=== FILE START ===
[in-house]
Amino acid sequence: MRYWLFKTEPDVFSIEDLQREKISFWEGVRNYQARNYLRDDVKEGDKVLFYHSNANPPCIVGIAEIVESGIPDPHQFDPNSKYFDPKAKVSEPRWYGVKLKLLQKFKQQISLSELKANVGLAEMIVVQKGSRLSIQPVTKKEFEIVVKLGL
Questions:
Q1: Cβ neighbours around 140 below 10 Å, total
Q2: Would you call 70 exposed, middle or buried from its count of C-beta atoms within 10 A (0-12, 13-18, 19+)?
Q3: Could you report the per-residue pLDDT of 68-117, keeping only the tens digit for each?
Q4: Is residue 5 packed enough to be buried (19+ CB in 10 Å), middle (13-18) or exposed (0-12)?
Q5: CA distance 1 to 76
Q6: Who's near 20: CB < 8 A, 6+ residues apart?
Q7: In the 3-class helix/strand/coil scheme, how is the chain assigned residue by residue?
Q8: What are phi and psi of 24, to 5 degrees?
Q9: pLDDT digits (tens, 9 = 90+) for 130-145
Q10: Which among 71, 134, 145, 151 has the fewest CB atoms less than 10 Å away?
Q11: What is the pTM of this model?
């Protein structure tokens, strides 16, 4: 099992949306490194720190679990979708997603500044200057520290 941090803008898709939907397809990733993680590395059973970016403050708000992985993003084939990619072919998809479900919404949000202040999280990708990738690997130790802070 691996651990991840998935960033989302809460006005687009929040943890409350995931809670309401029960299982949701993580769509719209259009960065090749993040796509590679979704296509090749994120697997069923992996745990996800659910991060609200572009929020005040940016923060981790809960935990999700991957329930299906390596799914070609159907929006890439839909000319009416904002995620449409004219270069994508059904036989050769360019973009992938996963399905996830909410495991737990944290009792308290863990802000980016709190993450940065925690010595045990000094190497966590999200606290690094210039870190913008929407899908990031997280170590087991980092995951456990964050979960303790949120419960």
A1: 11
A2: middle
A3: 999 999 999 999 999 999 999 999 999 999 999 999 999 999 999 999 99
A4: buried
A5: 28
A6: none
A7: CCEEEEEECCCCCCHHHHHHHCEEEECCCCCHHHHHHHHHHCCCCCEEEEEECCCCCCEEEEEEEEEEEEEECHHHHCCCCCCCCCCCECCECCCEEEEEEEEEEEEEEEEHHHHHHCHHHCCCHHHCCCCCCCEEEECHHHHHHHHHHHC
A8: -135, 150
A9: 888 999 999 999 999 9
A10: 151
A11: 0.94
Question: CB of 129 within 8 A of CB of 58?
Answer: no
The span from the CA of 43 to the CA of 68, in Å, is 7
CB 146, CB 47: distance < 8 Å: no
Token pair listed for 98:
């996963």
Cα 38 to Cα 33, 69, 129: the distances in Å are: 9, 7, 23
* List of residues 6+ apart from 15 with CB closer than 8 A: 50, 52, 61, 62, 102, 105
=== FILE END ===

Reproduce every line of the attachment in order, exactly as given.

[in-house]
Amino acid sequence: MRYWLFKTEPDVFSIEDLQREKISFWEGVRNYQARNYLRDDVKEGDKVLFYHSNANPPCIVGIAEIVESGIPDPHQFDPNSKYFDPKAKVSEPRWYGVKLKLLQKFKQQISLSELKANVGLAEMIVVQKGSRLSIQPVTKKEFEIVVKLGL
Questions:
Q1: Cβ neighbours around 140 below 10 Å, total
Q2: Would you call 70 exposed, middle or buried from its count of C-beta atoms within 10 A (0-12, 13-18, 19+)?
Q3: Could you report the per-residue pLDDT of 68-117, keeping only the tens digit for each?
Q4: Is residue 5 packed enough to be buried (19+ CB in 10 Å), middle (13-18) or exposed (0-12)?
Q5: CA distance 1 to 76
Q6: Who's near 20: CB < 8 A, 6+ residues apart?
Q7: In the 3-class helix/strand/coil scheme, how is the chain assigned residue by residue?
Q8: What are phi and psi of 24, to 5 degrees?
Q9: pLDDT digits (tens, 9 = 90+) for 130-145
Q10: Which among 71, 134, 145, 151 has the fewest CB atoms less than 10 Å away?
Q11: What is the pTM of this model?
């Protein structure tokens, strides 16, 4: 099992949306490194720190679990979708997603500044200057520290 941090803008898709939907397809990733993680590395059973970016403050708000992985993003084939990619072919998809479900919404949000202040999280990708990738690997130790802070 691996651990991840998935960033989302809460006005687009929040943890409350995931809670309401029960299982949701993580769509719209259009960065090749993040796509590679979704296509090749994120697997069923992996745990996800659910991060609200572009929020005040940016923060981790809960935990999700991957329930299906390596799914070609159907929006890439839909000319009416904002995620449409004219270069994508059904036989050769360019973009992938996963399905996830909410495991737990944290009792308290863990802000980016709190993450940065925690010595045990000094190497966590999200606290690094210039870190913008929407899908990031997280170590087991980092995951456990964050979960303790949120419960």
A1: 11
A2: middle
A3: 999 999 999 999 999 999 999 999 999 999 999 999 999 999 999 999 99
A4: buried
A5: 28
A6: none
A7: CCEEEEEECCCCCCHHHHHHHCEEEECCCCCHHHHHHHHHHCCCCCEEEEEECCCCCCEEEEEEEEEEEEEECHHHHCCCCCCCCCCCECCECCCEEEEEEEEEEEEEEEEHHHHHHCHHHCCCHHHCCCCCCCEEEECHHHHHHHHHHHC
A8: -135, 150
A9: 888 999 999 999 999 9
A10: 151
A11: 0.94
Question: CB of 129 within 8 A of CB of 58?
Answer: no
The span from the CA of 43 to the CA of 68, in Å, is 7
CB 146, CB 47: distance < 8 Å: no
Token pair listed for 98:
């996963």
Cα 38 to Cα 33, 69, 129: the distances in Å are: 9, 7, 23
* List of residues 6+ apart from 15 with CB closer than 8 A: 50, 52, 61, 62, 102, 105